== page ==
Board games have a multitude of themes. Farming, pirates, zombies, civilization building… And don’t forget… NINJAS!
Ninjas have been a relatively popular theme in board gaming. Some of those board games include…
- Smash Up (Ninja Faction)
- Ninja Dice
- Ninja vs. ninja
- Ninja Burger
I do like the ninja theme and have games that include ninjas in them. What occurred to me recently is the mythological lore of the Western ninja and how that has evolved from a culturally significant piece of Japan’s history. The Western ninja is almost like a super hero – insanely fast, unbelievably sneaky, a master a martial arts, pretty much possessing skills that are humanly impossible. Like many culturally appropriated ideas / styles / practices / etc., the ninja has been transformed with some remnants of its original significance. My post today will explore the cultural origins of ninjas and discuss the use of ninjas in board gaming.
The ninja surfaced in feudal Japan during the Sengoku period of unrest (15th-17th century), but possibly could have existed as early as the 12th century. These mercenaries were trained in covert operations, espionage, infiltration, and assassination. Commoners or samurai were also used as spies, but the distinction here is that ninjas were professionally trained. To put it into simpler terms, ninjas were simply a group of professional spies, much like we would find in today’s world. When Japan was unified in the 17th century, the ninja became obsolete.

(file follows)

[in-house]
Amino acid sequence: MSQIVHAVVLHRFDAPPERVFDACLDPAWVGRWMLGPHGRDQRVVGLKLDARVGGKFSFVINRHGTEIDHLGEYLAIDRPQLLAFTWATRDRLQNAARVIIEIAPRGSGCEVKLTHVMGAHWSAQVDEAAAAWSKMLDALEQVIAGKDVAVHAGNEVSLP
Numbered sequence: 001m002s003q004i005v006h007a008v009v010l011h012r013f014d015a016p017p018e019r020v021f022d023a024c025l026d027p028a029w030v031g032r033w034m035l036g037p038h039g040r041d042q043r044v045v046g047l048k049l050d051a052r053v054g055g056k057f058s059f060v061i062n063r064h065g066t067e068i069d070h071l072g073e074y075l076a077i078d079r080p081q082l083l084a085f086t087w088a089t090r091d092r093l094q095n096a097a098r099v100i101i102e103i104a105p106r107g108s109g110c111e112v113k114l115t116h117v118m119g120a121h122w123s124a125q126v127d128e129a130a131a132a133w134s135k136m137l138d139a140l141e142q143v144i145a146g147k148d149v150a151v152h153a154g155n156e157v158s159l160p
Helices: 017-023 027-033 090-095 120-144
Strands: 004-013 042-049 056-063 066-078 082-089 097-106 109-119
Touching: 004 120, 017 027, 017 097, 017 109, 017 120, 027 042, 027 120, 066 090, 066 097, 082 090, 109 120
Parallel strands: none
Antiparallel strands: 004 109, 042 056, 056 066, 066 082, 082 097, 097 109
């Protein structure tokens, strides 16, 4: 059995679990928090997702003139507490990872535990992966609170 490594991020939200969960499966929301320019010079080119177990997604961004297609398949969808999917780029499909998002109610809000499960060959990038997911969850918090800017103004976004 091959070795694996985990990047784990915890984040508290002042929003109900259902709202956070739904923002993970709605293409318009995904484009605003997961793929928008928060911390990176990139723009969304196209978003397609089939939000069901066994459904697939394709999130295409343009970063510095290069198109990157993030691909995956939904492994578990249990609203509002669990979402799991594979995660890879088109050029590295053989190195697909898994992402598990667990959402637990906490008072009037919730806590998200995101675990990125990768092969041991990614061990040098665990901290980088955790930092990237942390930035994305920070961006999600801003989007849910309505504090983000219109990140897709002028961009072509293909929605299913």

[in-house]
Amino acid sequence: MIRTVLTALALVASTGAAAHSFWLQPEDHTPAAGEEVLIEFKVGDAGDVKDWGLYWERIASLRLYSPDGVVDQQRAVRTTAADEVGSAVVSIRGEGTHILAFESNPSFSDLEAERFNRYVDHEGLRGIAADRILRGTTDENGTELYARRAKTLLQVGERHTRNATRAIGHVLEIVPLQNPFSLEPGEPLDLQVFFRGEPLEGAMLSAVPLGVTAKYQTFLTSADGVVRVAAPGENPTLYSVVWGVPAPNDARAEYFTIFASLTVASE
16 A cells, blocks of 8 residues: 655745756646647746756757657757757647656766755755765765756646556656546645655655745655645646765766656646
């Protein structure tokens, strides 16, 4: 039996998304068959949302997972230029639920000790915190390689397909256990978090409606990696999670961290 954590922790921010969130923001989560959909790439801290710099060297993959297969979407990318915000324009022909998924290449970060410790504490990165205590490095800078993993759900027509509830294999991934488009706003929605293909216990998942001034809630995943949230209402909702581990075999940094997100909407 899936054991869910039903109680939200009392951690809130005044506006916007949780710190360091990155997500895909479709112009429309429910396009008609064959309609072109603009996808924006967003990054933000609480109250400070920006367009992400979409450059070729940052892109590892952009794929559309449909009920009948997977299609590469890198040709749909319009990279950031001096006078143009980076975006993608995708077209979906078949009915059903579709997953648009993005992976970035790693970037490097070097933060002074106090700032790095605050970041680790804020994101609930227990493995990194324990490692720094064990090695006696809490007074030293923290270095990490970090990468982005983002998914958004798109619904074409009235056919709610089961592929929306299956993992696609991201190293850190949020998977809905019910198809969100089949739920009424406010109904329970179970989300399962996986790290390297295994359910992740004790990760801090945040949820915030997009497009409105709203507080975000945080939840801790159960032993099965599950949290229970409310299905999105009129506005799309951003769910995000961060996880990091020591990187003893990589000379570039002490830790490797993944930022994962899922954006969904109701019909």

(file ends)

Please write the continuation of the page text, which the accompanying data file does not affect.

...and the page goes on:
While much documentation about ninjas does not exist, there are references to ninjas in a few historical texts. However, Japan and the rest of the world created folktales about the ninja which evolved into what we know and love today.
- Ninjas possess invisibility.
- Ninjas can walk across water.
- Ninjas move faster than we can see.
- We can even coined the phrase “ninja-ed” to imply we did something difficult with precision and speed.
So what does this have to do with board games?
I see two distinct paths for the ninja in board games. The first one embraces the folklore and mythology, such as Smash Up, and plays on the fun and somewhat ridiculous powers of the “ninja.” For example, in Smash Up, the ninja faction has cards which can come in at the last seconds and swoop up (ninja) a win! I guess you didn’t see that coming Wizard Zombies! The second path these games can take is the historical one. Games have been created about the unification of Japan or have a more historical flavor, which can include a more accurate portrayal of ninjas.
To me, this runs the fine line of appropriation versus the use of folklore. For example, the Greek religious system was a real system of belief in the world… but a very very long time ago. While some may still subscribe to these beliefs, for the most part, the Greek religious system has turn into myth, which we gladly use today for the basis of movies and games. The same thing has happened to the ninja. For some reason, I think the ninja is linked to more modern microaggressions and stereotypes about API persons. Nest weeks post will dive into that more. Although the mythology probably will never be fully separated from reality, ninjas provide an interesting look into the feudal history of Japan and the folklore that came out of it.